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La mala educación (2004)
Another Gael performance worth it's weight in gold
The surprising thing about this film is the sex scenes. I've seen previous films by Almodovar and he has never been as explicit as this.
I find it very exciting that Gael chose to do this movie but it seems obvious to me that Almodovar recognises his beauty. The camera caresses his body and his face and Gael gives an amazing performance as each of the three characters he portrays - Ignacio/Angel/Juan. For each one he subtly changes the way his whole body and face works and I found this to be a cunning and subtle performance overall.
The film is also a very sexy experience and another surprise is that there are almost no female characters in the whole film - another thing Almodovar does not normally do.
The plot sustains the level of mystery and the changing of actors throughout adds to the suspense as well as being an original way of telling a story.
The costumes, designed by Jean-Paul Gaultier, are superb down to the sunglasses and paisley shirts and I love the way Almodovar's films are always colourful. This makes for an aesthetically pleasing experience and one I would definitely recommend anyone to see.
I love Kate Winslet EVEN MORE after this film. The first hour is a mind-boggling, yet exhilarating experience. Winslet's diversity is on show in every scene she is in and she deserves every award going.
Kaufman and Carrey have progressed their talents with this - for Kaufman it feels like a necessary extension to Adaptation and Carrey fulfils the potential he hinted at in The Truman Show.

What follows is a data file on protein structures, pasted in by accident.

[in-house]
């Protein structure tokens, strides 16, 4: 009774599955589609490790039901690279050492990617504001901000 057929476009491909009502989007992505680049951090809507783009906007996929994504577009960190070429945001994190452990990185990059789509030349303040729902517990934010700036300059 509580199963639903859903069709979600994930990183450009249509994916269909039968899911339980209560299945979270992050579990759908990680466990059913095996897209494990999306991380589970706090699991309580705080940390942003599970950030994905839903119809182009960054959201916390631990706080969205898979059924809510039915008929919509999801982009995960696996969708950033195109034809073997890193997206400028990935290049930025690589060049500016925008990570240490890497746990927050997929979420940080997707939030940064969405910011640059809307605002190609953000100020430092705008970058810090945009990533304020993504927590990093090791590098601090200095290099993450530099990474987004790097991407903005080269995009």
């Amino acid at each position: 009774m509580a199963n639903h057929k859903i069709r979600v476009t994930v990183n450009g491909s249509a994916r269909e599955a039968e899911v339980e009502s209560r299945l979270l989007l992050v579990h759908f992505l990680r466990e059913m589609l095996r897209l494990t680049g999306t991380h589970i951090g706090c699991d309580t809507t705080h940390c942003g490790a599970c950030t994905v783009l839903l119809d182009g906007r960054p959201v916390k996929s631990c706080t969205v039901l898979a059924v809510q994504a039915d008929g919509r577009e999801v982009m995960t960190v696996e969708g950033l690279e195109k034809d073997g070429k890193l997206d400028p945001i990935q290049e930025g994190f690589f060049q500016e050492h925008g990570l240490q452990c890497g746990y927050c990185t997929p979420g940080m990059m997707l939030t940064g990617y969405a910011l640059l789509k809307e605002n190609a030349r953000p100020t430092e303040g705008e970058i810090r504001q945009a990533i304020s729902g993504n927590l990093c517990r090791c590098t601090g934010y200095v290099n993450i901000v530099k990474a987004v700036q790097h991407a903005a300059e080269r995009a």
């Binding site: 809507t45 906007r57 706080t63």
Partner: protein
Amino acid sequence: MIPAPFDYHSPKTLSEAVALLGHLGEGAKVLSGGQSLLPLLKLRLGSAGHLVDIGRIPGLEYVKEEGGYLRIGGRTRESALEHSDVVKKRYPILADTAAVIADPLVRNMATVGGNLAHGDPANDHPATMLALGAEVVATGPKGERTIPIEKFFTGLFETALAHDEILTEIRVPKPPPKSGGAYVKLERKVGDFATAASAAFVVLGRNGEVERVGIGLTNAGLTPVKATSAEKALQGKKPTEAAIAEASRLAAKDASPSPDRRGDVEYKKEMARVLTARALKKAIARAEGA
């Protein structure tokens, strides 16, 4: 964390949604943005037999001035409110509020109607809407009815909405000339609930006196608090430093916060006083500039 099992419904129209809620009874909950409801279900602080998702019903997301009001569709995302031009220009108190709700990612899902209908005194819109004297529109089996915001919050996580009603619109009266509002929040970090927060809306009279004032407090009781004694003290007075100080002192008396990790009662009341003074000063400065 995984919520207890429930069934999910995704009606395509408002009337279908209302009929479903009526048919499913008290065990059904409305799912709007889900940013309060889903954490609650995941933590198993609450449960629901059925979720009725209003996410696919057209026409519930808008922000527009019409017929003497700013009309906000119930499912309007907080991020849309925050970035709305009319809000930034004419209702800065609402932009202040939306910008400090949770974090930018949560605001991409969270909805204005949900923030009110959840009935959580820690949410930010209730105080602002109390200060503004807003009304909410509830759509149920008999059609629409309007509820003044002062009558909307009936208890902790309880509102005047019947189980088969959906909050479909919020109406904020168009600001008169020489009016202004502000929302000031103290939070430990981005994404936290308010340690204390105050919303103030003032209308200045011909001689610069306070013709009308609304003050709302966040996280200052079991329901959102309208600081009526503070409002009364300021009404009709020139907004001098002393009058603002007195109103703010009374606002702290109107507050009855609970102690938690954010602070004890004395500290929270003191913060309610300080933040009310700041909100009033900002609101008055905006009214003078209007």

My favourite scene takes place in the kitchen of Carrey's childhood. Winslet and Carrey deliver furiously energetic performances. Both using their bodies perfectly. The interplay is out of this world.
On a smaller scale the effects are surprising and in the scenes when Carrey goes back to his childhood they're spectacular.
Enduring Love (2004)
More of this please...
This is a lush meditation on love, without being a drooling love story (very English too). The exasperating opening sequence lives up to its counterpart in McEwan's novel - which has turned into a masterclass on how to open a novel and everyone I know who has studied English Literature at A-Level standard has a discussion about it at some point - building up pace with furious camera shots. There are lots of funky techniques employed but the central story is fascinating enough in itself. Samantha Morton and Rhys Ifans are absolutely divine in their main roles - Daniel Craig is pretty good too - and out of the smaller parts Helen McCrory's brilliantly rounded character gives her the scope to steal a couple of little scenes.
The film does become slow in the middle but the characters and the shocking denouement - which comes out of nowhere - are enough to make this a challenging and fulfilling experience.